Cape Town's Winter-Proof Beaches

Offseason Cape Town

Capetonians might like tourists to believe that beach season shuts down come June, but – thanks to warm winter winds and a few extra layers – the Mother City remains the last word in urban sand seeking through its winter months (June – September in the Southern Hemisphere). The only hazard of visiting Cape Town off season might be getting used to low prices and lonely breaks.

Muizenberg, blessed by winds out of the northwest, is literally and figuratively the city's hottest hibernal haunt. Offshore swells – announced by local wave-riding disc jockeys like Deon Bing[3] – sweep up and break both right and left as the beach fills with spectators and swimmers. Closer to the city, a rad break off Clifton 2nd Beach brings the locals in at high tide. And along Cape Town's west coast, great waves arrive regularly at Table View, Dolphin Beach, and Blouberg, which are all served by Cape Town's new MyCiTi[4] bus service (boards are welcome along for the ride).

For an old-school Capetonian day trip, catch Cape Town's Metrorail[5] and head for the city's knockout False Bay, a vibey vintage town, where colonial antique stores stand alongside boho boutiques and hippy cafés. En route, hop off for a sheltered swim in the tidal pools at St. James beach, grab an ice-cold Castle Lager at Brass Bell[6] in Kalk Bay – the bar sits right on the tracks – or snap a group photo with the braying Jackass Penguins at Boulders Beach[7].

Fancy a foodie day at the beach? Stock up on picnic provisions, including delectable ostrich steaks, at V & A Market on the Wharf[8] before hitting Oudekraal Beach on the rugged Atlantic Seaboard. Secretly tucked between Camps Bay and LLandundo, the tiny cove has its own braai, or barbecue, facilities and sits just across from the Twelve Apostles Hotel[9] – the ultimate location for Cape Town sundowners. Don't forget a blanket to offset that winter nip and some extra ales for the locals who will want to share their grilling expertise.

Finally, for a real winter paradise, make a break for West Coast National Park 70 miles north of the city. Consider the warm waters of Langebaan Lagoon the spot for your winter dip. Springbok chow on scrub in the surrounding bush as visitors float happily in the azure water. If you don't want to leave this idyllic bay, don't. Book a roomy houseboat[10] as your floating pad.


The New World's Old City

Granada, Nicaragua

Vicki Beaver / Alamy

Granada, Nicaragua

The best way to see the oldest inhabited city in the Americas is at dawn, on foot, with a camera in hand. Granada, Nicaragua has been painstakingly restored by a new generation of homeowners and the colorful colonial architecture glows when illuminated by sun, which blasts across Lake Cocibolca ("sweet sea" in Nahuatl) and splashes against cathedrals. The only other people on the streets early in the day are blue-and-white uniformed children riding bicycles to school and street vendors carrying baskets of vegetables and fruit.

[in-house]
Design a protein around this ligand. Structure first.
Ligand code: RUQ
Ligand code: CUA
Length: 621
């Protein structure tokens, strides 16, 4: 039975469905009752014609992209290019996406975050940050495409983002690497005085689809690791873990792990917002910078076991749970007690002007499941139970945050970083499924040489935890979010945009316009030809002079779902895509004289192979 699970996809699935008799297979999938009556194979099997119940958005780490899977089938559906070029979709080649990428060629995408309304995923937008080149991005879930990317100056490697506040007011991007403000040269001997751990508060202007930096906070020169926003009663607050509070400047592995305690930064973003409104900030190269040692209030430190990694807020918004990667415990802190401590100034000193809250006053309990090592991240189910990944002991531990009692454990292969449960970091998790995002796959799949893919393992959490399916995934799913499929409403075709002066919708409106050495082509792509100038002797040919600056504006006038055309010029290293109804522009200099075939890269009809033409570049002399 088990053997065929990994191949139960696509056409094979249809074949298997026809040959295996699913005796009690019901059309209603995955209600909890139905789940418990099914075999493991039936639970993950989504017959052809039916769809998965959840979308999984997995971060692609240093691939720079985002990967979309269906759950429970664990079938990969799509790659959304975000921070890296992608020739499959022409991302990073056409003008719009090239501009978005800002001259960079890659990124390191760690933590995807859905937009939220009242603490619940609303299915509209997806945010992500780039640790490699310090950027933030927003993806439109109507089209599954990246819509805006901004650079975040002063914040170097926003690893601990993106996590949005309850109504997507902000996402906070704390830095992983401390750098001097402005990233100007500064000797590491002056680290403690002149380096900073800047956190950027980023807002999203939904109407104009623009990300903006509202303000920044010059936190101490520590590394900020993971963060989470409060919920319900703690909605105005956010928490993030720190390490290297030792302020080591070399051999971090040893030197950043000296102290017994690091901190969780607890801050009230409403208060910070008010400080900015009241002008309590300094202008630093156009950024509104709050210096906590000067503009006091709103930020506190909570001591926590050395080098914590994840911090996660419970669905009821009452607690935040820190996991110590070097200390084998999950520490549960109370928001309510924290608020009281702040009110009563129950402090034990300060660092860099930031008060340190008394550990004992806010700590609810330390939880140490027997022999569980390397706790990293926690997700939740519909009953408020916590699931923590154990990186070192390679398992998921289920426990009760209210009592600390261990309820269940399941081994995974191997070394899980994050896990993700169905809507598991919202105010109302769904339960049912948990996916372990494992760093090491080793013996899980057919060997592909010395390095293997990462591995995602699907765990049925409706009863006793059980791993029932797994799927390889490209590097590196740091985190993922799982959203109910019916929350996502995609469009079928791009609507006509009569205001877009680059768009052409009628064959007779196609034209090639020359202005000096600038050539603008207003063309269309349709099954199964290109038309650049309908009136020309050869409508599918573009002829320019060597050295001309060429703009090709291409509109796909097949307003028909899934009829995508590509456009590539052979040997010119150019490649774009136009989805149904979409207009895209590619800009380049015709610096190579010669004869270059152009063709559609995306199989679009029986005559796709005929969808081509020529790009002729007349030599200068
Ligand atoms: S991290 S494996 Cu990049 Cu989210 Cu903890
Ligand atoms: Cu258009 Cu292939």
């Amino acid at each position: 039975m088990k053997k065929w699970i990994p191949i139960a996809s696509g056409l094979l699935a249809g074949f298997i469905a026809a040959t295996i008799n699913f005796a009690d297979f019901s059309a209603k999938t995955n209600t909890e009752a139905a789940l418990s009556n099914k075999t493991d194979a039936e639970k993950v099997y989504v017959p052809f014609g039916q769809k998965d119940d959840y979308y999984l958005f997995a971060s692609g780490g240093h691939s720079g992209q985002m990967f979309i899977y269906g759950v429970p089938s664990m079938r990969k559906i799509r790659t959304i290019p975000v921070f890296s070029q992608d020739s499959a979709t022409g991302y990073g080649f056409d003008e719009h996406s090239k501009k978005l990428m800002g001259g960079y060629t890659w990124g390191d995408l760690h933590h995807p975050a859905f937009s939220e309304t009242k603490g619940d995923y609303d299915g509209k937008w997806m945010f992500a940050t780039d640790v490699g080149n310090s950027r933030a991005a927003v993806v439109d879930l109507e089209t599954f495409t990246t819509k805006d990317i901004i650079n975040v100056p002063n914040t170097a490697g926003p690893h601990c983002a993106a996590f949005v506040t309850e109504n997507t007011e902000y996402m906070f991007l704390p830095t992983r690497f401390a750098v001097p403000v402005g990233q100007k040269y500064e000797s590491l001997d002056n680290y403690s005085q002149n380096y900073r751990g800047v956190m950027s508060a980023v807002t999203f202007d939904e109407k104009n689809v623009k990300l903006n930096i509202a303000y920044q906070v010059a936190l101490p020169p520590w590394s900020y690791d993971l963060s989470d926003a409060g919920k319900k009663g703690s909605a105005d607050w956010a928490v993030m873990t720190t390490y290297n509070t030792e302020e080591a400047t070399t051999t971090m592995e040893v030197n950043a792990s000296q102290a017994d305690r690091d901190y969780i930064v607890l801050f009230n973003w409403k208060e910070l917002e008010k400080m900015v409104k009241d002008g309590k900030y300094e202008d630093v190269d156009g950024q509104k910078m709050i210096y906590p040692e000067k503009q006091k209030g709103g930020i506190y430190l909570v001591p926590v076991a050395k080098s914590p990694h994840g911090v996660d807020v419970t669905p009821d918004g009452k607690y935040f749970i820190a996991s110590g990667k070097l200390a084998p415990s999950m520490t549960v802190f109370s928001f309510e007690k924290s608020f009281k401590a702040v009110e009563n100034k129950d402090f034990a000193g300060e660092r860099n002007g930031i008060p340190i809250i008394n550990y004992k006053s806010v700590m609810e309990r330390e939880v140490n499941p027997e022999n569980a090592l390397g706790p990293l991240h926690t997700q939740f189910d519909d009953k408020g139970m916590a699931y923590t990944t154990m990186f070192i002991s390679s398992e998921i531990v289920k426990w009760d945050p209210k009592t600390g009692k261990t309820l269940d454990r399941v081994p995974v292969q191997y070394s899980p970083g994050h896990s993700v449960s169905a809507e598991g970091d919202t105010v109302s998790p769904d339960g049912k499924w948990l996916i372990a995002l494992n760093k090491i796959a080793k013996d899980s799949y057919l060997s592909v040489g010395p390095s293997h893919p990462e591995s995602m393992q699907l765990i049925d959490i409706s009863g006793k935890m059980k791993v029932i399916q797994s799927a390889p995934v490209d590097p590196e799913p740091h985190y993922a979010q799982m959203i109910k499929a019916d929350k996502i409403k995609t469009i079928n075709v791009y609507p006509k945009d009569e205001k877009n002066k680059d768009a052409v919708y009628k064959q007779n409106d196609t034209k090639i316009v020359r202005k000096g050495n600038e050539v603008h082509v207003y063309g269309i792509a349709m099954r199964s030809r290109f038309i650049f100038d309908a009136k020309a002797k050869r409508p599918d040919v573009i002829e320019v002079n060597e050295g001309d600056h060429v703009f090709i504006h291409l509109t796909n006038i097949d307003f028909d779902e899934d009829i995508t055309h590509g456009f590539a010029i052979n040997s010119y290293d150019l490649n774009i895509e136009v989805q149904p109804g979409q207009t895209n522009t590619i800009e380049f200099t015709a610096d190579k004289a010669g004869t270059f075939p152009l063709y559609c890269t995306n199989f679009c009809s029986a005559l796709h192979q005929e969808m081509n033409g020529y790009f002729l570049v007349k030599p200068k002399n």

But the glory of Granada is not just its pretty charm and deep history. Its location – an hour from the airport in Managua, surrounded by natural and cultural attractions – has made it the center of Nicaragua's rising tourism industry[1]. Granada's many hotels and B&Bs offer a long menu of day trips, making it an easy base camp for travelers looking to explore one of Central America's more chaotic countries.

Walking up Calle la Calzada, where many tour operators are based, visitors can see the trip possibilities listed on signs and chalkboards: Visit the markets of Masaya; ascend the Masaya and Mombacho volcanoes; shop the artisan villages of Pueblos Blancos; swim in Laguna de Apoyo. The best option – and they are all good options – is also the most convenient: Kayaking in Las Isletas, an archipelago of tiny islands that appear to float along the shores of Lake Nicaragua, the nineteenth largest body of fresh water on earth, is more about drifting than pulling. The volcanic specks of land are home to birds and host a few casitas, which look out on the water from their tiny plots. Wave to the men smoking cigars on the open porches or casting lines into the lake.

After a paddle, head back to Granada to walk through the churches, markets, and plazas. The biggest of the latter, Parque Central, a large tree-shaded, bird-filled square in front of the main cathedral, buzzes in the mornings, making it a good place to end an early-morning walking tour.

Greet the sunset from the bell tower of Iglesia La Merced[2], which floats above an ocean of clay tile roofs. Watch as the sky fills with stars and Granada's denizens – many of them members of Nicaragua's political elite – come out to chitchat on their front stoops or relax in rocking chairs while sipping Nica Libres[3], a combination of Flor de Caña rum, lime, ice, and just enough Coca-Cola to give it some sweetness and color. Despite the age of the city, the beginning and end of each day is still treated with ceremony.

More information: Delta[4], United[5], and TACA[6] fly into Managua International Airport, which is connected to Granada by a bus that runs from the terminal every half hour.


  1. ^ rising tourism industry (